Circles of Care: Diocese of Baton Rouge- Safe Environment
What is Hazing?
Hazing is humiliating and dangerous activity expected of someone joining a group, regardless of the person's willingness to participate.
Myth #1: Hazing is a problem for fraternities and sororities primarily.
FACT: Hazing is a societal problem. Hazing incidents have been frequently documented in the military, athletic teams, marching bands, religious cults, professional schools, and other types of clubs and organizations. Reports of hazing in high schools are on the rise.
Myth #2: As long as there is no malicious intent, a little hazing should be okay.
FACT: Even if there is no malicious intent, safety may still be a factor in traditional hazing activities that are considered to be "all in good fun". For example, serious accidents have occurred during scavenger hunts and "kidnapping" trips.
Myth #3: Hazing is no more than foolish pranks that go awry.
FACT: Hazing is an act of power and control over others. It is victimization. Hazing is pre-meditated and not accidental. Hazing is abusive, degrading, and often life-threatening.
Myth #4: Hazing is an effective way to teach and respect discipline.
FACT: First of all, respect must be earned, not taught. Victims of hazing rarely report having respect for those who have hazed them. Just like other forms of victimization, hazing breeds mistrust, apathy, and alienation.
Myth #5: If someone agrees to participate in a a hazing activity, it can't be considered hazing.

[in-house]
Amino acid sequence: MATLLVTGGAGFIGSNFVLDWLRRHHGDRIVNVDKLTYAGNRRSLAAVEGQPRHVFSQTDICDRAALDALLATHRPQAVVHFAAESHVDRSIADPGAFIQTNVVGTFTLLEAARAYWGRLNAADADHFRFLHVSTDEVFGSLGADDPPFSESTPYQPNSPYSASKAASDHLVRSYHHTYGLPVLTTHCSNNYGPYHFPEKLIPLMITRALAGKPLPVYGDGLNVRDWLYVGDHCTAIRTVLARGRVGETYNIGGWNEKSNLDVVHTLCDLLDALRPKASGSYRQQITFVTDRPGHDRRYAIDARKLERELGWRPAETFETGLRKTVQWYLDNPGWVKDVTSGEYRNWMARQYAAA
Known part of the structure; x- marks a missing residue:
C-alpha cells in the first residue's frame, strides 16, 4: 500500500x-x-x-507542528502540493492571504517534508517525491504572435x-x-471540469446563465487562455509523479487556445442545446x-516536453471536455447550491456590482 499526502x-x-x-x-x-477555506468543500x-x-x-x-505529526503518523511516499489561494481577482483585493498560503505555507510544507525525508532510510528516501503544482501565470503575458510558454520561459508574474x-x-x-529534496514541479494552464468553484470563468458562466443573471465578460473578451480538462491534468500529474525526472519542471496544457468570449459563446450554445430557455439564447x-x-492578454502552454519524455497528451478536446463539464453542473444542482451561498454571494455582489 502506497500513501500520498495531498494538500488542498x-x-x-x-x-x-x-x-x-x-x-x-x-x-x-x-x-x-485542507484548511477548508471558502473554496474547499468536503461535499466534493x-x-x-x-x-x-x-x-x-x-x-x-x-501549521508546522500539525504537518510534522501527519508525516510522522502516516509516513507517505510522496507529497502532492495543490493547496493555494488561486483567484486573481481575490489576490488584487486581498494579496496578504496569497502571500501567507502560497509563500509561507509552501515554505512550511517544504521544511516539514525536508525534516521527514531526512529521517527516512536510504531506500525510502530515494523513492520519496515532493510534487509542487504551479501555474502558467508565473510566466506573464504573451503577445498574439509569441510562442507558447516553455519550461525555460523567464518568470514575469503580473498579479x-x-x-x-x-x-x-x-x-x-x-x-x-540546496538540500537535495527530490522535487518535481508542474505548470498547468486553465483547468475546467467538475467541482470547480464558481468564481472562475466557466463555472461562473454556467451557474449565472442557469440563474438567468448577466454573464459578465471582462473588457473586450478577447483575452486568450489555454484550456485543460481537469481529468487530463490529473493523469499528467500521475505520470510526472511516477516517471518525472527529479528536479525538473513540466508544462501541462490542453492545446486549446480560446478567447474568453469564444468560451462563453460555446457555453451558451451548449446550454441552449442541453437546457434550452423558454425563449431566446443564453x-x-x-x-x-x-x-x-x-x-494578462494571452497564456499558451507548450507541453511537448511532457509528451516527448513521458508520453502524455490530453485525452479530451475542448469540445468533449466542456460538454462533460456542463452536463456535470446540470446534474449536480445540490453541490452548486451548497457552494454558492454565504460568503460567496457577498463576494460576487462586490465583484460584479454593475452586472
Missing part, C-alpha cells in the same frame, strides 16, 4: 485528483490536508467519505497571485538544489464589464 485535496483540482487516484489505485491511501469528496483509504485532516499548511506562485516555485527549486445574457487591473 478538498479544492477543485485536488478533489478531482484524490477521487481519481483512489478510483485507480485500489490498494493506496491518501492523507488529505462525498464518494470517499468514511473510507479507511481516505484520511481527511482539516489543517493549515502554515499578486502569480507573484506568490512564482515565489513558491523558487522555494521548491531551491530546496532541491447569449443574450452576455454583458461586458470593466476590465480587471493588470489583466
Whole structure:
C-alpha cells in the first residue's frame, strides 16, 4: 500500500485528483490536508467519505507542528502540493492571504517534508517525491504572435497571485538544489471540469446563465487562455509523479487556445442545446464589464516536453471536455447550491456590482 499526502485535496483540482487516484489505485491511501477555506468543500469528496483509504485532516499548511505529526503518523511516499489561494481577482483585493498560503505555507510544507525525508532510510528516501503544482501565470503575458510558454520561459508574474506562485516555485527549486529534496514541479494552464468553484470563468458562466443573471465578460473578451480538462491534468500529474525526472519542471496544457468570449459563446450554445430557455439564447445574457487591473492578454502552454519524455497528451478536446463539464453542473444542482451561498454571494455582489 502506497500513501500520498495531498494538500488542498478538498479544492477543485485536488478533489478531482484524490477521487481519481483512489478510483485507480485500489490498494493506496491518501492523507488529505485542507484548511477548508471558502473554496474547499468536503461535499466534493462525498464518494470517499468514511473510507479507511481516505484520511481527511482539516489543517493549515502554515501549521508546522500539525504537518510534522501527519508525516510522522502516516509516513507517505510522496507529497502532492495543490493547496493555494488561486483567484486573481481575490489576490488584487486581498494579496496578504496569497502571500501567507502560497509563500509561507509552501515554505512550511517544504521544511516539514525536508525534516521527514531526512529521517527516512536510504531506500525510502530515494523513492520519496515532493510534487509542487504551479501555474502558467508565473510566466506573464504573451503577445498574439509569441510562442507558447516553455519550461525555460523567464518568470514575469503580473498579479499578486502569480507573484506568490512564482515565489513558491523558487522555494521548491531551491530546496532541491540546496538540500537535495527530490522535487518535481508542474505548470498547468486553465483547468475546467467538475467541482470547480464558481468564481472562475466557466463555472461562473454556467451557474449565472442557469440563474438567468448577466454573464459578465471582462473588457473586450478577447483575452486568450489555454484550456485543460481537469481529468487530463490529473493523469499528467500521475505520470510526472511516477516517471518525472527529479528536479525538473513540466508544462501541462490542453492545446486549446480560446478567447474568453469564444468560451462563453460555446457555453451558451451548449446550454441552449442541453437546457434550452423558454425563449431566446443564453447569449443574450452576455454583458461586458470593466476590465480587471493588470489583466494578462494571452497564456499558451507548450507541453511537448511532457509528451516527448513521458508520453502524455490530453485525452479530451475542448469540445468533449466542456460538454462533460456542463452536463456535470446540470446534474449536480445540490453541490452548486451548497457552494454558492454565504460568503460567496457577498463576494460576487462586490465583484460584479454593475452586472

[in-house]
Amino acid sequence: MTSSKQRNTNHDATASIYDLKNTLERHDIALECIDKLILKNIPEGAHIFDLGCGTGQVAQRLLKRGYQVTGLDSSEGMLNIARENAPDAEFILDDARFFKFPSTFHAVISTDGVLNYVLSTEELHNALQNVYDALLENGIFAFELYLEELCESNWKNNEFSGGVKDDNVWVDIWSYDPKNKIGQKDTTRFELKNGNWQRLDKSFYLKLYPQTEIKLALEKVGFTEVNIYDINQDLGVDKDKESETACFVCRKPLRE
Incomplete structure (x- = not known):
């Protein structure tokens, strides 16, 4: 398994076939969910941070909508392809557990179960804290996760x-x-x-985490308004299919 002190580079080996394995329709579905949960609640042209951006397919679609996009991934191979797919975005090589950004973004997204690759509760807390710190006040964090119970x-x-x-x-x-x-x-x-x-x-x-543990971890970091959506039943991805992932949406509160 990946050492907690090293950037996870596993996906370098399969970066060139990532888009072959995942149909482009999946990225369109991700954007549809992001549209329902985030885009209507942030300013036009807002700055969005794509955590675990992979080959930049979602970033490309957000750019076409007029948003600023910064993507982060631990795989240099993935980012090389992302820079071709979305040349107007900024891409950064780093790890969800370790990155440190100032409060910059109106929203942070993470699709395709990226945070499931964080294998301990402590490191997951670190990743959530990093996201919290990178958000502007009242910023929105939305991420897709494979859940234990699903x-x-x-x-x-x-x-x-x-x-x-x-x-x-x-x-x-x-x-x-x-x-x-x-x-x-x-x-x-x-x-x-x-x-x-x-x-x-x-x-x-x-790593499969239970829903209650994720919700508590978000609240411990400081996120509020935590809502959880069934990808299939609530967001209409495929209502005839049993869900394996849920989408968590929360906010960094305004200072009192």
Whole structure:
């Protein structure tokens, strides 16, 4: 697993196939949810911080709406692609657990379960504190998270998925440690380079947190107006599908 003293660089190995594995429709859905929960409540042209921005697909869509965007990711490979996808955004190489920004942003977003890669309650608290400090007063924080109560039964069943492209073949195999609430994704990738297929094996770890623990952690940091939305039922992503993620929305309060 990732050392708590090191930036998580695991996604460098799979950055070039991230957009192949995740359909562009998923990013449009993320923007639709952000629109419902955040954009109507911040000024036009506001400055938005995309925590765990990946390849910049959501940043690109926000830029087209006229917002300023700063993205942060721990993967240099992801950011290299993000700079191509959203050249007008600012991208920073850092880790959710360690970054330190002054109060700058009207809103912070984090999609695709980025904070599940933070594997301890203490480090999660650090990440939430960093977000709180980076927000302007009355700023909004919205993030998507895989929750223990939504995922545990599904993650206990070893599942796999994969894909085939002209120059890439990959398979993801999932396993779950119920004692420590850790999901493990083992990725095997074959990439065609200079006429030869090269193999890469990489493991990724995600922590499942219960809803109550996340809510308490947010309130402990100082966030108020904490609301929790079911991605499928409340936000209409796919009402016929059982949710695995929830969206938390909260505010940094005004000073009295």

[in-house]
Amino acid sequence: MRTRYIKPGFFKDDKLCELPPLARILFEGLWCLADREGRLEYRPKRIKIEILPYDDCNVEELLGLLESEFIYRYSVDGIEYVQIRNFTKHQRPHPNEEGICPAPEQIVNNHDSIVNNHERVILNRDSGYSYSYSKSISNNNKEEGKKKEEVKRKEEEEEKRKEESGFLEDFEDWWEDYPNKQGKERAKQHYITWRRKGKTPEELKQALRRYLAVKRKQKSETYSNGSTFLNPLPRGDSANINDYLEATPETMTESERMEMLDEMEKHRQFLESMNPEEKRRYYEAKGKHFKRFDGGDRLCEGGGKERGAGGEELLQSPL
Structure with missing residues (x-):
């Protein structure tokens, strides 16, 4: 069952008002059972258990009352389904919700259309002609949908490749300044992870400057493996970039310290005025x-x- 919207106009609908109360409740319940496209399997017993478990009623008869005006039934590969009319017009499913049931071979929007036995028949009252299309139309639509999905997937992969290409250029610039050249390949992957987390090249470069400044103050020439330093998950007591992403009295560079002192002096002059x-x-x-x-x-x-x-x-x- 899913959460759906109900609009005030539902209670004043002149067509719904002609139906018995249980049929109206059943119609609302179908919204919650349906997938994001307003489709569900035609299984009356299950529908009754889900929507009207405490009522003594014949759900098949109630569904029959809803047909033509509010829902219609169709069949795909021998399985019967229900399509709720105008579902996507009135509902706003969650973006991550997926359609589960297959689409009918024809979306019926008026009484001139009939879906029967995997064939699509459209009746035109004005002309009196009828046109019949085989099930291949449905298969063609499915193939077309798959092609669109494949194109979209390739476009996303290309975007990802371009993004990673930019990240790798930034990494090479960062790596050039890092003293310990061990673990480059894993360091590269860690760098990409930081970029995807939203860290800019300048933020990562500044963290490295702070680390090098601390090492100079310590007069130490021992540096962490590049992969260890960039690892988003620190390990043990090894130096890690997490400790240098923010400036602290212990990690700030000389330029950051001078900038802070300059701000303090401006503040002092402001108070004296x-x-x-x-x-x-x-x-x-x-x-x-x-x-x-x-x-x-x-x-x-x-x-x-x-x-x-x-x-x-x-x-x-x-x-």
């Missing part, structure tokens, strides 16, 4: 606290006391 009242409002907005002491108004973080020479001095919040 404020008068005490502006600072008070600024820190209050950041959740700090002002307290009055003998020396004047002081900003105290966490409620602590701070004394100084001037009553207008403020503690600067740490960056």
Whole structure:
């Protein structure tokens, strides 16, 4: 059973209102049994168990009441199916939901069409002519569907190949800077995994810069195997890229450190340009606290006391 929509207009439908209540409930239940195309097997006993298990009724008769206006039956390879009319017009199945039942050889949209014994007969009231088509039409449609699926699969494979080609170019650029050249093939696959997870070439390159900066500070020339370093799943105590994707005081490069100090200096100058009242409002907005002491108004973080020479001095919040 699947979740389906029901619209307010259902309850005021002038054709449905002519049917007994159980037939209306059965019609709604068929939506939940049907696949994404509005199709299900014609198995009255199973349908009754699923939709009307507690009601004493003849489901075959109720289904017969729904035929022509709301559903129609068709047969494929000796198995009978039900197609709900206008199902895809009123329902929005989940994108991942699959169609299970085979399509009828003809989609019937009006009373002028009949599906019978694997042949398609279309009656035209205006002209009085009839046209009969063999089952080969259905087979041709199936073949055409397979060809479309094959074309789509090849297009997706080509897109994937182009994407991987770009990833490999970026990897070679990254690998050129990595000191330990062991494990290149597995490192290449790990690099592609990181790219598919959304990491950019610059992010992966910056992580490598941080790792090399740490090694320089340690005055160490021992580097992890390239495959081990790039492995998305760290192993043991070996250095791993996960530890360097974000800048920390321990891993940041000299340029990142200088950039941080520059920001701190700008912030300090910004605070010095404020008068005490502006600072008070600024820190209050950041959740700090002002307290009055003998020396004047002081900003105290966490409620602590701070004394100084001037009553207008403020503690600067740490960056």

FACT: In states that have laws against hazing, consent of the victim cannot be used as a defense in a civil suit. This is because even if someone agrees to participate in a potentially dangerous or hazardous action, it may not be true consent when considering the peer pressure and desire to belong to the group.
Myth #6: Hazing is no big deal.
FACT: Hazing is against the law and a person may be prosecuted for a misdemeanor if involved in any hazing activity.
Myth #7: It's difficult to determine whether or not certain activity is hazing. It's a grey area.
FACT: It's not difficult to decide if an activity is hazing if you use common sense and ask yourself the following questions:
- Is alcohol involved?
- Will active/current members of the group refuse to participate with the new members and do exactly what they are being asked to do?
- Does the activity risk emotional or physical abuse?
- Is there risk of injury or question of safety?
- Do you have any reservation describing the activity to your parents, to a teacher, or to another official?
- Would you object to the activity being photographed or filmed for the newspaper or local TV news?
If the answer is "yes" to ANY of these questions, the activity is probably hazing.
High School Students
According to a study published in 2000 by Alfred University, 48% of high school students reported being subject to hazing by school groups, 43% subjected to humiliating hazing, 30% forced to perform illegal acts, both males and females were involved.
A 1999 study of hazing in NCAA sports reported the following:
- 79% of student athletes, or about 250,000 students, experience hazing.
- 1 in 5 students are subjected to unacceptable and potentially illegal hazing such as beatings and being tied up, being forced to destroy property, or harass others.
- 50% were required to participate in drinking contests or alcohol-related hazing
- Only 1 in 5 students participated in positive initiations such as team trips or ropes courses.
Negative Consequences of Hazing
71% of high school students involved in hazing experience consequences such as:
- Getting into fights
- Being injured
- Fighting with parents
- Doing poorly in school
- Hurting other people
- Having difficulty eating, sleeping, concentrating
- Feeling angry, confused, guilty
Who is Involved?
- 24% Sports
- 16% Peer groups
- 8% Music, art, theatre groups
- 7% Church groups